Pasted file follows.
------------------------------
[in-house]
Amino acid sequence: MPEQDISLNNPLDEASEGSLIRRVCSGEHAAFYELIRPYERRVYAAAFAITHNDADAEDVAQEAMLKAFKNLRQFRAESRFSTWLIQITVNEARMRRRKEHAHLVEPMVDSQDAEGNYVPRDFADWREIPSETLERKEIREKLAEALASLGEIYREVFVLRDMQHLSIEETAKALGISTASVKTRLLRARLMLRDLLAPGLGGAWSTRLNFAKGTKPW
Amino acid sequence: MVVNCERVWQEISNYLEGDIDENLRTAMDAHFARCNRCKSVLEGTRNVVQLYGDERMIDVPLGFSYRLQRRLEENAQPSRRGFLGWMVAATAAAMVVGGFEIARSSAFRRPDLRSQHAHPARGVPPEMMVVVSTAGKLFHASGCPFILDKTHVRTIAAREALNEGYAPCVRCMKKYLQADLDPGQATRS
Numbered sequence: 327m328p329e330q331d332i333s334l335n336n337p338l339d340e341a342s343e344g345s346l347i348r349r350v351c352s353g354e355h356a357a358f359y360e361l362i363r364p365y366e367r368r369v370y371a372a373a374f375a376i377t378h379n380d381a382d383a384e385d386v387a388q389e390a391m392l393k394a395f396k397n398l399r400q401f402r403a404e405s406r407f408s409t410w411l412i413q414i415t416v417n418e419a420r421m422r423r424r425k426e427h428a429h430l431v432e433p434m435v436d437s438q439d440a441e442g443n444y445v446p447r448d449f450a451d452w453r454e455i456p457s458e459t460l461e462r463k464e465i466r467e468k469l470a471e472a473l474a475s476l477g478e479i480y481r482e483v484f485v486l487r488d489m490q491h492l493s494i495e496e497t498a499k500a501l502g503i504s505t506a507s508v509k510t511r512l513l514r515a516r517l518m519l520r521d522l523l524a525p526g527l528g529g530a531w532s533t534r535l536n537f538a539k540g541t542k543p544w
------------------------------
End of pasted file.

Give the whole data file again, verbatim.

[in-house]
Amino acid sequence: MPEQDISLNNPLDEASEGSLIRRVCSGEHAAFYELIRPYERRVYAAAFAITHNDADAEDVAQEAMLKAFKNLRQFRAESRFSTWLIQITVNEARMRRRKEHAHLVEPMVDSQDAEGNYVPRDFADWREIPSETLERKEIREKLAEALASLGEIYREVFVLRDMQHLSIEETAKALGISTASVKTRLLRARLMLRDLLAPGLGGAWSTRLNFAKGTKPW
Amino acid sequence: MVVNCERVWQEISNYLEGDIDENLRTAMDAHFARCNRCKSVLEGTRNVVQLYGDERMIDVPLGFSYRLQRRLEENAQPSRRGFLGWMVAATAAAMVVGGFEIARSSAFRRPDLRSQHAHPARGVPPEMMVVVSTAGKLFHASGCPFILDKTHVRTIAAREALNEGYAPCVRCMKKYLQADLDPGQATRS
Numbered sequence: 327m328p329e330q331d332i333s334l335n336n337p338l339d340e341a342s343e344g345s346l347i348r349r350v351c352s353g354e355h356a357a358f359y360e361l362i363r364p365y366e367r368r369v370y371a372a373a374f375a376i377t378h379n380d381a382d383a384e385d386v387a388q389e390a391m392l393k394a395f396k397n398l399r400q401f402r403a404e405s406r407f408s409t410w411l412i413q414i415t416v417n418e419a420r421m422r423r424r425k426e427h428a429h430l431v432e433p434m435v436d437s438q439d440a441e442g443n444y445v446p447r448d449f450a451d452w453r454e455i456p457s458e459t460l461e462r463k464e465i466r467e468k469l470a471e472a473l474a475s476l477g478e479i480y481r482e483v484f485v486l487r488d489m490q491h492l493s494i495e496e497t498a499k500a501l502g503i504s505t506a507s508v509k510t511r512l513l514r515a516r517l518m519l520r521d522l523l524a525p526g527l528g529g530a531w532s533t534r535l536n537f538a539k540g541t542k543p544w